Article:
Sikh Coalition sends letter calling for investigation into possible racial motivation behind FedEx mass shooting

Indianapolis FedEx shooting

INDIANAPOLIS – As new details emerge about the April 15 shooting at an Indianapolis FedEx Ground facility, the Sikh Coalition is calling for investigators to look into possible racial motivations on the part of the shooter.

The Sikh Coalition sent a letter to FBI Agent in Charge Paul Keenan, IMPD Police Chief Randal Taylor, Indiana’s entire congressional delegation, Gov. Eric Holcomb, Indiana’s entire state legislature and Mayor Joe Hogsett.

In a statement, the group said investigators should look more closely at Brandon Hole’s possible interest in hate and white supremacy groups. Four of the eight people killed in the FedEx mass shooting were members of the Sikh community.

From its statement via Sikh Coalition Legal Director Amrith Kaur:

“A complete and thorough investigation – including determining the motives behind this attack and any connection Mr. Hole has to hate and white supremacy groups – is essential to providing justice and building trust between the Sikh community and local and federal law enforcement. A full and transparent recitation of those facts is also necessary to maintaining that trust moving forward. The reality is, even if Mr. Hole was a disgruntled employee due to the fact Sikh that employees were getting more hours than him or for any other reason, it is essential to connect the dots of all of his activities leading up to this tragic attack to fully understand the role racism, xenophobia, and white supremacy may have played in his alleged anger toward his former employer.”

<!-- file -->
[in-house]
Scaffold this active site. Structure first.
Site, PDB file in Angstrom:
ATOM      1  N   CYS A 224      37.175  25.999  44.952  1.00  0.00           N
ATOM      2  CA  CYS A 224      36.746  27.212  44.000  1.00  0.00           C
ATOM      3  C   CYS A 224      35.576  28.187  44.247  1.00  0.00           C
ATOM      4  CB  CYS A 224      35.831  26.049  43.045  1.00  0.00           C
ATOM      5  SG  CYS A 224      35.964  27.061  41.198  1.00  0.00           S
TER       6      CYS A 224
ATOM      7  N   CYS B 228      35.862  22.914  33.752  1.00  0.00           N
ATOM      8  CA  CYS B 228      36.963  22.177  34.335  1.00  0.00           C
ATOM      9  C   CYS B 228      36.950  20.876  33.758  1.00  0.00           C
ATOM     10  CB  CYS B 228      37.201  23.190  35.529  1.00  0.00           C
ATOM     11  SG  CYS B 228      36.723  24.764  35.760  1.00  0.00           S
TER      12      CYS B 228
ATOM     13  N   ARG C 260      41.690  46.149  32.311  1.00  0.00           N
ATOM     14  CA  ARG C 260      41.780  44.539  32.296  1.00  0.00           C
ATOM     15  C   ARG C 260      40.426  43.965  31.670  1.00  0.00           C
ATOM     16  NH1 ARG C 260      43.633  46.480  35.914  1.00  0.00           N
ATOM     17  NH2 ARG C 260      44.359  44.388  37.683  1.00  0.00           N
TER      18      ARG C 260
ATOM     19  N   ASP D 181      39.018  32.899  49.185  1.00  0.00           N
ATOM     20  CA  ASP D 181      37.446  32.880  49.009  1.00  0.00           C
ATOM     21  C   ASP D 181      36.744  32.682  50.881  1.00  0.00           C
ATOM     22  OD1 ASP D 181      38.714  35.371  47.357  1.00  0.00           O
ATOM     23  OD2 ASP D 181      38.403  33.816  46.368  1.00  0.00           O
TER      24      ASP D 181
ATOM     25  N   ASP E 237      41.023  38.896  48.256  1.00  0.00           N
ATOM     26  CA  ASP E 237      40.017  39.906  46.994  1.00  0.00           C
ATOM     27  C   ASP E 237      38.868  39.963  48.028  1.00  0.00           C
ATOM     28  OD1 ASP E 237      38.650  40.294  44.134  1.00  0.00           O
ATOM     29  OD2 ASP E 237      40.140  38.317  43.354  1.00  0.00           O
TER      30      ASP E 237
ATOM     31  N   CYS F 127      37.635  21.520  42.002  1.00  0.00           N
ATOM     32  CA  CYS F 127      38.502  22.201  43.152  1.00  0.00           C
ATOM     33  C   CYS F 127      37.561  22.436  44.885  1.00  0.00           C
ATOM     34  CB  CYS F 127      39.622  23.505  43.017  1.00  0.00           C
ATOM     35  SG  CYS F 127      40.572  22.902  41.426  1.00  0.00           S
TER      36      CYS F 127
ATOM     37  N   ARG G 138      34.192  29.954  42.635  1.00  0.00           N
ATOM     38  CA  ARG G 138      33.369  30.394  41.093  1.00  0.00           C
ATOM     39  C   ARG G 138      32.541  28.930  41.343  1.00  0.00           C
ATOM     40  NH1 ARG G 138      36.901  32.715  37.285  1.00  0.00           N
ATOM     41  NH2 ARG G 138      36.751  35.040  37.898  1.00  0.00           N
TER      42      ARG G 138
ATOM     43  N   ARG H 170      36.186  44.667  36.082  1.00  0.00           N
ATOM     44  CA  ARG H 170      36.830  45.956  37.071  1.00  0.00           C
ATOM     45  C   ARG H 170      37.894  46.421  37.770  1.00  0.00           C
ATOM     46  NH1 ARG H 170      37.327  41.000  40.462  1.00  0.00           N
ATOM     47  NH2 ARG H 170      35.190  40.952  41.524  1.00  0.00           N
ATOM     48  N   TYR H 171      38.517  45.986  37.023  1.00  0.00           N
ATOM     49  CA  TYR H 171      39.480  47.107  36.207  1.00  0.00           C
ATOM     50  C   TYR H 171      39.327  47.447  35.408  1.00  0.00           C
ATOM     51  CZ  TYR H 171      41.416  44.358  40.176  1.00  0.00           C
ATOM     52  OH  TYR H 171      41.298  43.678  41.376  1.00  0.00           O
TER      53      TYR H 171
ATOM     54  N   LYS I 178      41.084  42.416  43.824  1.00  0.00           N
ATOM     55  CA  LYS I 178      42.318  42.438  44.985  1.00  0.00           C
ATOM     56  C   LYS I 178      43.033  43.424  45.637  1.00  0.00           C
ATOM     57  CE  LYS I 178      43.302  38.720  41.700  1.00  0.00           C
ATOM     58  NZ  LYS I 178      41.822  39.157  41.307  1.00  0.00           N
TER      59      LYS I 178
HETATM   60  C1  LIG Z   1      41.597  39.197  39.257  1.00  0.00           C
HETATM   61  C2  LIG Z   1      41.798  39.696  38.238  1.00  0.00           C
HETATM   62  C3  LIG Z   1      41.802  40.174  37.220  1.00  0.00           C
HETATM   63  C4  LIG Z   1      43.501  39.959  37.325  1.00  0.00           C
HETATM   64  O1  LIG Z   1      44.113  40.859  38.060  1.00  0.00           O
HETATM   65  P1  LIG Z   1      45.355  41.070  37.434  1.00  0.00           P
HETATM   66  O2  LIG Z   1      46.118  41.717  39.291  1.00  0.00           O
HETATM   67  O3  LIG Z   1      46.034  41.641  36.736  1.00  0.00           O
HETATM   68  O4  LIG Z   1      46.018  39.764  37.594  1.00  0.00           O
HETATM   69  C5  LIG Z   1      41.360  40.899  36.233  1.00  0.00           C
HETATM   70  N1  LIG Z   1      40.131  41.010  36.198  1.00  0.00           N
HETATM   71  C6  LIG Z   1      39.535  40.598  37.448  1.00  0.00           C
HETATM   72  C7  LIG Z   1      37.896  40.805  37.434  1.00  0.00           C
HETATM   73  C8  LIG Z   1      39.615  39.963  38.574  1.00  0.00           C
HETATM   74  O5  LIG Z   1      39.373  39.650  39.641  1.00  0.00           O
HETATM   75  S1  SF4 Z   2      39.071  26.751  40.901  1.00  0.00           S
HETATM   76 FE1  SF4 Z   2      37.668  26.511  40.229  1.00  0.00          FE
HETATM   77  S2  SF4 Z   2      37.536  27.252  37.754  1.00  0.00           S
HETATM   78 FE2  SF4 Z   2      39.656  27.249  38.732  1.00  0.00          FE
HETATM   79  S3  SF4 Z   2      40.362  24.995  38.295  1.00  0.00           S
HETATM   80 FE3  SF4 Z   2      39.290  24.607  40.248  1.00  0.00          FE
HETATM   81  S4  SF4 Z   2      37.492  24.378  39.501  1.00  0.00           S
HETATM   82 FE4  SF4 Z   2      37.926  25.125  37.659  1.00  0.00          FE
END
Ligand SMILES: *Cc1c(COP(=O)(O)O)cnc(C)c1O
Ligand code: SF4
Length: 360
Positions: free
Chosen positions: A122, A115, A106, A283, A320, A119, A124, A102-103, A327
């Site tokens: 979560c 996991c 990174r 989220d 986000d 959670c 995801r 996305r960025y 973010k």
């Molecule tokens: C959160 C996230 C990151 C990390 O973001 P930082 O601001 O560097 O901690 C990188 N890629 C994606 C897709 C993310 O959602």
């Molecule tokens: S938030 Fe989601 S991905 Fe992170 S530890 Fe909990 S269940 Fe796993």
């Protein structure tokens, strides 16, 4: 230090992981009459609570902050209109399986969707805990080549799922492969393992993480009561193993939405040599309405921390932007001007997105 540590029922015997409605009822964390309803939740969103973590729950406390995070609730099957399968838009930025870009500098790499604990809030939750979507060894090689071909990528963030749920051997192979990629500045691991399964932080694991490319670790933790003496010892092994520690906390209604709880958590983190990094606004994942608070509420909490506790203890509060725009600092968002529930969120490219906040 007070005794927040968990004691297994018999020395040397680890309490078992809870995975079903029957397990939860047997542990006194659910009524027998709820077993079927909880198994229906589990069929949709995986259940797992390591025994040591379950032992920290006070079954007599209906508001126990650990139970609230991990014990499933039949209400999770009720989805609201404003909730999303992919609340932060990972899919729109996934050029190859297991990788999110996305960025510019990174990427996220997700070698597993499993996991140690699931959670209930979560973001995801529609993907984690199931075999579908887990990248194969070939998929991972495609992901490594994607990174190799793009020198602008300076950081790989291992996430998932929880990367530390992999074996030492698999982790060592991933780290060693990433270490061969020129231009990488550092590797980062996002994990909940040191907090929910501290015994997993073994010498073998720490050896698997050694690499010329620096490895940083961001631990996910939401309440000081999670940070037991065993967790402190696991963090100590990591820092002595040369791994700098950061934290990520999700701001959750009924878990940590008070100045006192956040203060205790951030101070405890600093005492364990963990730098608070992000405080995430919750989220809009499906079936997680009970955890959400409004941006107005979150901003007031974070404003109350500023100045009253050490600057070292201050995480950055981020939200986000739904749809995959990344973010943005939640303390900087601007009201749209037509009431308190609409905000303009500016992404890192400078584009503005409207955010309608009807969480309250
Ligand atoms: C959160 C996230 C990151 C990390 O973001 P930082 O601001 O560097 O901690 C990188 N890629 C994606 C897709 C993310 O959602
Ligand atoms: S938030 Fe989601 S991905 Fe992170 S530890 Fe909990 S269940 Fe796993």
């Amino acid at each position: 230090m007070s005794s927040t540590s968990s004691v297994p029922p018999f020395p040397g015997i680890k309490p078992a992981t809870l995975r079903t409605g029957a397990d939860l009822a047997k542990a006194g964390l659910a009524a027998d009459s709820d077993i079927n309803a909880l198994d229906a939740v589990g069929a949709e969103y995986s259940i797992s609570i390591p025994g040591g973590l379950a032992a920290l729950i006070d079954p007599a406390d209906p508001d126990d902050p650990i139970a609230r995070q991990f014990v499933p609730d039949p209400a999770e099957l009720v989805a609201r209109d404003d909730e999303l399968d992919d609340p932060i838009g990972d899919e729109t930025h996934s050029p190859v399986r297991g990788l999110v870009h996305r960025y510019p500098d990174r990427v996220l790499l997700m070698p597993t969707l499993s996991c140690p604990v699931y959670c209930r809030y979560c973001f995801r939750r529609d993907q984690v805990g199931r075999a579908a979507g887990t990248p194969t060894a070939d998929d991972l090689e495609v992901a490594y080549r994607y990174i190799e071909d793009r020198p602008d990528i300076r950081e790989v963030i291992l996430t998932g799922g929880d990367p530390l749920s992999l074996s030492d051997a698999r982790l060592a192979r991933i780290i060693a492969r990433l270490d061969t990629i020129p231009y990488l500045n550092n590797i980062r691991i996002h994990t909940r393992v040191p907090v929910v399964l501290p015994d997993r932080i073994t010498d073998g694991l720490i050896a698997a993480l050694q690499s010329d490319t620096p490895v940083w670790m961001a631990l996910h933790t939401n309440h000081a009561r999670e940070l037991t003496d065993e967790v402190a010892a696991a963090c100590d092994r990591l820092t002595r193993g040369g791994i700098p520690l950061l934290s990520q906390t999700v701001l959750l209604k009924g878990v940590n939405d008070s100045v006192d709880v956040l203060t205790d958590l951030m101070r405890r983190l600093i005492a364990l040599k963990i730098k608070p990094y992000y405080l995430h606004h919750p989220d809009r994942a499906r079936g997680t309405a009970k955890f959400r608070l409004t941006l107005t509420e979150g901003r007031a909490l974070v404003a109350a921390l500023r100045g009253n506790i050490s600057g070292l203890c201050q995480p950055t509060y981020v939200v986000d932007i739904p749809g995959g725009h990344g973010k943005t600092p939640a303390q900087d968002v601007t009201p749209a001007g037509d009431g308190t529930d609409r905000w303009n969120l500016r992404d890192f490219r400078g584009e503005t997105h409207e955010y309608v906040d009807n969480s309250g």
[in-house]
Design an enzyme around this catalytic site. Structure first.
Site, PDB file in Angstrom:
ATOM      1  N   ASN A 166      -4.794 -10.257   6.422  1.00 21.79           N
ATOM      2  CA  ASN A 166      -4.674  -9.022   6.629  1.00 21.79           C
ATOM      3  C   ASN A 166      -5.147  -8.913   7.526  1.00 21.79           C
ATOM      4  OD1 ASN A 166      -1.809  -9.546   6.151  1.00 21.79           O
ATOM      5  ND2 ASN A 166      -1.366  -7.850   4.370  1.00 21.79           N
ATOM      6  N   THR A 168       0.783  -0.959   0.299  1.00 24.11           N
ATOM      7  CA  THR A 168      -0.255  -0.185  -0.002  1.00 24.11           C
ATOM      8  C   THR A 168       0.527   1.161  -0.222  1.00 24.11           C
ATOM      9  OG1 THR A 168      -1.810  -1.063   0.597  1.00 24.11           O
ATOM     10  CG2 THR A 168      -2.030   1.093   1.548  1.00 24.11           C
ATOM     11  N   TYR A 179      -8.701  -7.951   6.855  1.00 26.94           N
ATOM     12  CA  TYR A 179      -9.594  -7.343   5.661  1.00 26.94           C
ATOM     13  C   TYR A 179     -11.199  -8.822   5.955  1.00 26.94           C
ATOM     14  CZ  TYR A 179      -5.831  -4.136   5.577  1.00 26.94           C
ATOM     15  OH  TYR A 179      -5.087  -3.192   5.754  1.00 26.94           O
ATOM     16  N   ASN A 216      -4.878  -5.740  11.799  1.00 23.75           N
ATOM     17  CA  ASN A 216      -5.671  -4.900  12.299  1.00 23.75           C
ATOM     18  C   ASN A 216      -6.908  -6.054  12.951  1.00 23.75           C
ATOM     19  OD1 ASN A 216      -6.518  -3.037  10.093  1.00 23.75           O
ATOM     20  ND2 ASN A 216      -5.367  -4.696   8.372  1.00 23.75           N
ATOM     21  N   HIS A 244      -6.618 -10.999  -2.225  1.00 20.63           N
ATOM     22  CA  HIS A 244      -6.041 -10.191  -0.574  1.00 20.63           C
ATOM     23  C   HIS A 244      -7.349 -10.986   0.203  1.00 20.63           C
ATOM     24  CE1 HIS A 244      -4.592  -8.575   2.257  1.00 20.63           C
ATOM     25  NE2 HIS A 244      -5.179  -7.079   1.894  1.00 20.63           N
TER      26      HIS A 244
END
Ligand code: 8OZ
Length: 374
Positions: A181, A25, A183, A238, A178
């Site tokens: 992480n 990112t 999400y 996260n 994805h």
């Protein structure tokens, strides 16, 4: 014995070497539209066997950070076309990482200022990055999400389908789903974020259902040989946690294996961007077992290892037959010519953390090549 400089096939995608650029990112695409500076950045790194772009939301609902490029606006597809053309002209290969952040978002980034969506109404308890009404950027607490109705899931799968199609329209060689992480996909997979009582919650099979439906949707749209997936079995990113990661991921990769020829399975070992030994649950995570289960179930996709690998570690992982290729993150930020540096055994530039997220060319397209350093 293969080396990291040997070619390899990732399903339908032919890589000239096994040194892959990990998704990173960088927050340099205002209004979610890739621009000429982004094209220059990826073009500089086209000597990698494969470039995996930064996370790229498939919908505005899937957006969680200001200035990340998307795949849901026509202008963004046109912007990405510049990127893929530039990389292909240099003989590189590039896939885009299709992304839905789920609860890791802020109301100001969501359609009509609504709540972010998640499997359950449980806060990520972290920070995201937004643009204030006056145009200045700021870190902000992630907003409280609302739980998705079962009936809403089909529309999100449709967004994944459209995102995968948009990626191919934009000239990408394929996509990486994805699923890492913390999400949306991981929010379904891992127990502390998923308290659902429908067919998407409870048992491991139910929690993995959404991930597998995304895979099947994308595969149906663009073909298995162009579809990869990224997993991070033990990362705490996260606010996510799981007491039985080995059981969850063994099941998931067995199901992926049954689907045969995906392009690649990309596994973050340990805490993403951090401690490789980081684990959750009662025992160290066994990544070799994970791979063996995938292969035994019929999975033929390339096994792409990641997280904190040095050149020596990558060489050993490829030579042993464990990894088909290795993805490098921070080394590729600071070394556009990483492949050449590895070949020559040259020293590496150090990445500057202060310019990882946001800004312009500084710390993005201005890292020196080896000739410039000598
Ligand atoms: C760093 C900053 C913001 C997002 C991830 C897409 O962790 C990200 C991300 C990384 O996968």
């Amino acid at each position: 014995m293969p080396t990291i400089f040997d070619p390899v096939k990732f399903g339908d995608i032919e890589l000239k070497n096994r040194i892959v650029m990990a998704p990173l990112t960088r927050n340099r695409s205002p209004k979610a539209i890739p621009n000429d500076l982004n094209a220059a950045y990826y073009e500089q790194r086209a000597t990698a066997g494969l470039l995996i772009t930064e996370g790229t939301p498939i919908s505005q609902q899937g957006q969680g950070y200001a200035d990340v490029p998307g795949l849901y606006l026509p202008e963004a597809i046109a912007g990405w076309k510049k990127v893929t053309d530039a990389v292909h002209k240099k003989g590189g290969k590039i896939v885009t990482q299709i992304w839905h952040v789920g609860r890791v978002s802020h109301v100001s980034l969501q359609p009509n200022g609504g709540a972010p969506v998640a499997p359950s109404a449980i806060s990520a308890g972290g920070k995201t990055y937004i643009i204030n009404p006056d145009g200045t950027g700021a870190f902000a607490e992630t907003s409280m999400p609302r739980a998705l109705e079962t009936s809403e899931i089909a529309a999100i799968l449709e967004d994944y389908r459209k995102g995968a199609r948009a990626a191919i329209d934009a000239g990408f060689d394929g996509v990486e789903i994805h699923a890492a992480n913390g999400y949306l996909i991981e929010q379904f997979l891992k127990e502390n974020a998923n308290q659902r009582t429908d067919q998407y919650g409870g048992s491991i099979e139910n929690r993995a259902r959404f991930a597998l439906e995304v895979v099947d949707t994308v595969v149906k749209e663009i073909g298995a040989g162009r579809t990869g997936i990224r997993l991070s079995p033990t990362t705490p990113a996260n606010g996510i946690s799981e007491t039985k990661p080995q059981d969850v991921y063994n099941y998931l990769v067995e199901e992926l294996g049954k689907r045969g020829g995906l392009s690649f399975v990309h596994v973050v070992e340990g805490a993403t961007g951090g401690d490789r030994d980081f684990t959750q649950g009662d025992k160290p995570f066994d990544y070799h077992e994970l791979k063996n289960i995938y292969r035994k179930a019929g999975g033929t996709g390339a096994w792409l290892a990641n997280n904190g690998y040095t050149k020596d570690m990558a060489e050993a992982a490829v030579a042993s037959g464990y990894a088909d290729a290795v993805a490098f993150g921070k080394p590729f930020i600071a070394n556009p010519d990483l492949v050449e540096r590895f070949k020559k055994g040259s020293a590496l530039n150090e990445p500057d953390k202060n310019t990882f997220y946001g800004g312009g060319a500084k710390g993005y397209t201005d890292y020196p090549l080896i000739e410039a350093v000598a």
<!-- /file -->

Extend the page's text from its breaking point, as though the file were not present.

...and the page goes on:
IMPD interviewed Hole in March 2020 after police were called to his home because his mother feared he was suicidal. Police confiscated a shotgun; an officer discovered white supremacist websites on Hole’s computer.

In IMPD’s incident report, officers noted that Hole, upon being handcuffed, told officers to “please just turn the power strip off on my computer,” adding, “I don’t want anyone to see what’s on it.”

Hole underwent an evaluation and was eventually released without being prescribed any medicine, according to IMPD and the Marion County Prosecutor’s Office.

IMPD forwarded the information to the FBI, which interviewed Hole in April 2020. The FBI said it didn’t find any “Racially Motivated Violent Extremism ideology” during its assessment.

“This information stands in confusing contrast to the statement released by FBI Indianapolis Special Agent in Charge Paul Keenan on Friday, April 16,” said Amrith Kaur. “Per Agent Keenan, ‘No Racially Motivated Violent Extremism ideology was identified during the course of the assessment’ in 2020. We now know that this statement does not accurately reflect all of the facts of this case, and are seeking full transparency by the investigating agencies. Additionally, to further this investigation, it is imperative that all witnesses to the shooting be interviewed by law enforcement immediately.”

Keenan issued this statement Tuesday afternoon:

The FBI continues to work with IMPD and other law enforcement partners to find a motive for this senseless act of violence, and will be meticulous and thorough in our investigation and devote as much time as needed to find answers for the victims’ families. We are not ruling out any motive at this time, including one based on hate/bias.

“If you are a Sikh or, in fact, any minority living in America, it’s impossible to look at the tragedy that unfolded in Indianapolis and not immediately consider the possibility that bias was a motivator, whether it be explicit anti-Sikh or implicit racism,” said Sikh Coalition Policy and Advocacy Manager, Nikki Singh.

“It’s important for Americans to understand that our lived community experience immediately called these issues to mind,” explained Singh.

Singh said she urges caution and for people not to jump to conclusions. She said the details of every investigation matter enormously, including this one.

“The fact that the shooter had reportedly been on white supremacist websites, is a critical piece of new and relevant information, which is why we are still underscoring the need for a full and transparent investigation,” said Singh.

“This doesn’t definitively prove anything, but it certainly reinforces our legitimate concerns. So that’s why as an organization we’re calling for a full and transparent investigation.”

CBS4 spoke with IMPD Assistant Chief of Police, Christopher Bailey on Tuesday after the letter was sent by the Sikh Coalition to various agencies, including IMPD.